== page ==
- The Washington Times - Sunday, June 15, 2003

PORT TOBACCO, Md.

“Come on, Little Red. You haven’t caught a fish all day,” said Peter Malnati, a Charles County, Md., veterinarian who quite obviously would rather fish than eat. Doc, as his friends call him, could give each one of us who take fishing far too seriously a lesson in the pure joy of the sport. Take the Little Red remark — it’s not directed at a diminutive human acquaintance; no, Little Red is a short, dark-red fishing rod.

The septuagenarian, who has healed more animals than any three of his colleagues combined, continues to work lovingly on ailing dogs and cats even though a contemporary would probably suggest retirement. Not Doc. No way. When he’s not pressing a stethoscope to the body of some sad-eyed pup, he usually can be found on his 18-foot boat, checking the waters of his beloved Port Tobacco River or casting fishing lines from the end of his own private dock.

Currently, Doc is busy with the river’s croaker population. Every morning and every afternoon, he stands on the wooden pier, making powerful casts far out into the Port Tobacco, closing the bails on up to six spinning rods and resting them in rod holders he fashioned from PVC pipe. He’ll stand there eyeing each rod, busily having personal conversations with them.

There is Little Red, Rhino, Ugly Stik, Kmart, Captain Lee and Bright Eyes, while Big Blue and Big Red — two large capacity spinning rods — wait in a corner of a barn on top of a tree-covered bluff that keeps watch over the historic river.

This day, Doc didn’t have to wait very long. “Ugly Stik is down,” he said suddenly, leaping up and snatching the rod from its resting place. “It’s a croaker. I’m sure of it.”

Moments later, a 16-inch-long Atlantic croaker that locals call a hardhead splashed on the surface, straining against the monofilament, then seeing itself lifted from the brackish water and flipped onto the deck.

Across the river, church bells chimed; a bald eagle flew about intently watching the river’s surface; ospreys were busy in the distance, fully aware that it doesn’t pay to get too close to a fish-eating eagle.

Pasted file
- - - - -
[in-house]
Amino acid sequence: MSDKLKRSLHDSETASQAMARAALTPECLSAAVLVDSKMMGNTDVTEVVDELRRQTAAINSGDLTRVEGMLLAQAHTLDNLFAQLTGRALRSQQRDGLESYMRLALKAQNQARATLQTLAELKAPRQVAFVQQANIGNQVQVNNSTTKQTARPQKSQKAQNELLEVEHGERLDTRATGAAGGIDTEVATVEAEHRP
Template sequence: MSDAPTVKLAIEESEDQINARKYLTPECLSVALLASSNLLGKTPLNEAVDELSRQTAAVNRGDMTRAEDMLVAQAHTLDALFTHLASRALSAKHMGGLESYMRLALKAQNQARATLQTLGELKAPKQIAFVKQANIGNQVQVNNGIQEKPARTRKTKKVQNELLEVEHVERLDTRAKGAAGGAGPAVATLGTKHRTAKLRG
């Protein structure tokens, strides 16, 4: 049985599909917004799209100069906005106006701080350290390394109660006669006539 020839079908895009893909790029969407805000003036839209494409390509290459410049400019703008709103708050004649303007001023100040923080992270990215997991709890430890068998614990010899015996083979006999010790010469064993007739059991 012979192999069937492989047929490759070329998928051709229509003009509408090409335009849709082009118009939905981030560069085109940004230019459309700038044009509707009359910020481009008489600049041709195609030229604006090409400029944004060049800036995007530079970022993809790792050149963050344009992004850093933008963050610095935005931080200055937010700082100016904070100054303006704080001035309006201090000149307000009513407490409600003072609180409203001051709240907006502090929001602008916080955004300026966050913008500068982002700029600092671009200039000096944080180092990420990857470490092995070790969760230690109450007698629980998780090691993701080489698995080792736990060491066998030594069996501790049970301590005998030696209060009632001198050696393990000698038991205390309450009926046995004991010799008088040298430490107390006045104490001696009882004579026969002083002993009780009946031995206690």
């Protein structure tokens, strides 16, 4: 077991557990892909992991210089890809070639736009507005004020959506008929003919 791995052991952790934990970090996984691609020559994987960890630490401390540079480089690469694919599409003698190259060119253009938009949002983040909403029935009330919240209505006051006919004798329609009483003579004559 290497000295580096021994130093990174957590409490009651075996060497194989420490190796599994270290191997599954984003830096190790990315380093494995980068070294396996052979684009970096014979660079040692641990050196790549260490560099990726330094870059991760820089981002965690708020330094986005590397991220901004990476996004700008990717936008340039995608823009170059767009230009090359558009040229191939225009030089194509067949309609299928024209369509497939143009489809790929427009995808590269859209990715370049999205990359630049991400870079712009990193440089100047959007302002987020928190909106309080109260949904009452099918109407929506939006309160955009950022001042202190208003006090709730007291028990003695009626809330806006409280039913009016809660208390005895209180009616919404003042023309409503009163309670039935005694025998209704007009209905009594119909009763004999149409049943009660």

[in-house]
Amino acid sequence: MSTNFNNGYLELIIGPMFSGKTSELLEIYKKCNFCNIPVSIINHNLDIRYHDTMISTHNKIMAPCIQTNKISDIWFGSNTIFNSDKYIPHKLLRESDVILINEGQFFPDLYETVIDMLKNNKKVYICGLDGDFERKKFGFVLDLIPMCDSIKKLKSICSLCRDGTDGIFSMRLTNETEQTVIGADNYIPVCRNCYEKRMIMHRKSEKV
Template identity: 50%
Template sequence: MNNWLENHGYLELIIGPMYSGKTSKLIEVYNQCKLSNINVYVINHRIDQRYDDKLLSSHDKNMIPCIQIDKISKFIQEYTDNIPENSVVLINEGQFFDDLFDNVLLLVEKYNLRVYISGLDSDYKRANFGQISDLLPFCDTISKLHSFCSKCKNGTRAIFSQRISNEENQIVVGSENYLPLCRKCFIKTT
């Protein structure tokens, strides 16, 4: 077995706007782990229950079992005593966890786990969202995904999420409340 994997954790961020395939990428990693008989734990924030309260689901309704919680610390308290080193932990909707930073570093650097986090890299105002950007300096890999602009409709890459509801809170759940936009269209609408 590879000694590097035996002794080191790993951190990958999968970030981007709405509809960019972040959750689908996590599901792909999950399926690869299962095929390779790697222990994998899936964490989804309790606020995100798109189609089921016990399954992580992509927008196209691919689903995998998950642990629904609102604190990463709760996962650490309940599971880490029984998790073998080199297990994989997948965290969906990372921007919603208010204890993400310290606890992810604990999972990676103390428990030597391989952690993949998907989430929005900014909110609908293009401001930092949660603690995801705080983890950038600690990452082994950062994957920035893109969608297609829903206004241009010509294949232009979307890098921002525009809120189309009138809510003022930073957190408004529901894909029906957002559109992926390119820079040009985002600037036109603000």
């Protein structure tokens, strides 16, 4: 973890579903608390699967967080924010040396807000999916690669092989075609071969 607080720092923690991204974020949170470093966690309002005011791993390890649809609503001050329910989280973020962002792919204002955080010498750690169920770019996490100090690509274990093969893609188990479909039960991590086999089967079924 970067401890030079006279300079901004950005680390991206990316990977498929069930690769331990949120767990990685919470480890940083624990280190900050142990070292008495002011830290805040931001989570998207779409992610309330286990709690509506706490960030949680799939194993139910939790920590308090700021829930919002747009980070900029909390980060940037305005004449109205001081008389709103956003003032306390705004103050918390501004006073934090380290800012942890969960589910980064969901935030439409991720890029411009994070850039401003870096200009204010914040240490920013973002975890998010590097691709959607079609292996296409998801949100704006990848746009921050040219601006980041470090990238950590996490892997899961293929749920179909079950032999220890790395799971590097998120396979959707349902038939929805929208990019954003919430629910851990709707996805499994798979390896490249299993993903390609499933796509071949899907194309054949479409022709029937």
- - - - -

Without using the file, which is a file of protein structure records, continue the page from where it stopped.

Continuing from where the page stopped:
The sun steadily sank in the west, and the farther down it went the quicker the bites came.

Doc never slowed down. He busily spread small, whole squid bodies on the top of a broad dock piling, splitting them open and scraping the pink skin away with the backside of a fillet knife. He discarded the thin, bony membrane that is found in the center of a squid, then cut the snow-white flesh into vee-shaped finger-long pieces that eventually found themselves pierced onto long-shanked hooks — broad side up — soon undulating on the river bottom, signaling to hungry predator species. In Doc’s river, that means Atlantic croakers, occasionally well-fed white perch, almost always hefty channel catfish, now and then even a toothsome bluefish or a bewildered largemouth bass.

The late afternoon silence was shattered when one of the rods bent over sharply and Doc quickly jumped to the task ahead, shouting, “Rhino just got a hit.” How the man instantly recognizes the names of six different fishing rods from 20 feet away is an ongoing mystery as far as I’m concerned. You must understand, of course, that I’m one of those people who has to look at his driver’s license from time to time to see where he lives.

While Doc kept up to date with the various goings-on of six well-baited fishing rods, I was satisfied with watching my one and only outfit, a 6-foot baitcasting rod matched to a fine saltwater casting reel loaded with ultra-thin but powerful braided line. It did just fine, hooking enough croakers to make several delicious dinners.

One of these days, I’ll convince Doc that a quality baitcaster can outdistance a spinning outfit by 30 feet or more. The day he realizes it, there’ll probably be a Little Sven in honor of the Swedish manufacturer of the Ambassadeur reel, or Maxie for maximum casts, or Rocket for, well, you know what that infers. There’ll be an entire new cast of characters for Doc’s pier. I’m looking forward to it.

Look for Gene Mueller’s Outdoors column every Sunday and Wednesday and his Fishing Report every Thursday, only in The Washington Times. E-mail: gmueller@washingtontimes.com

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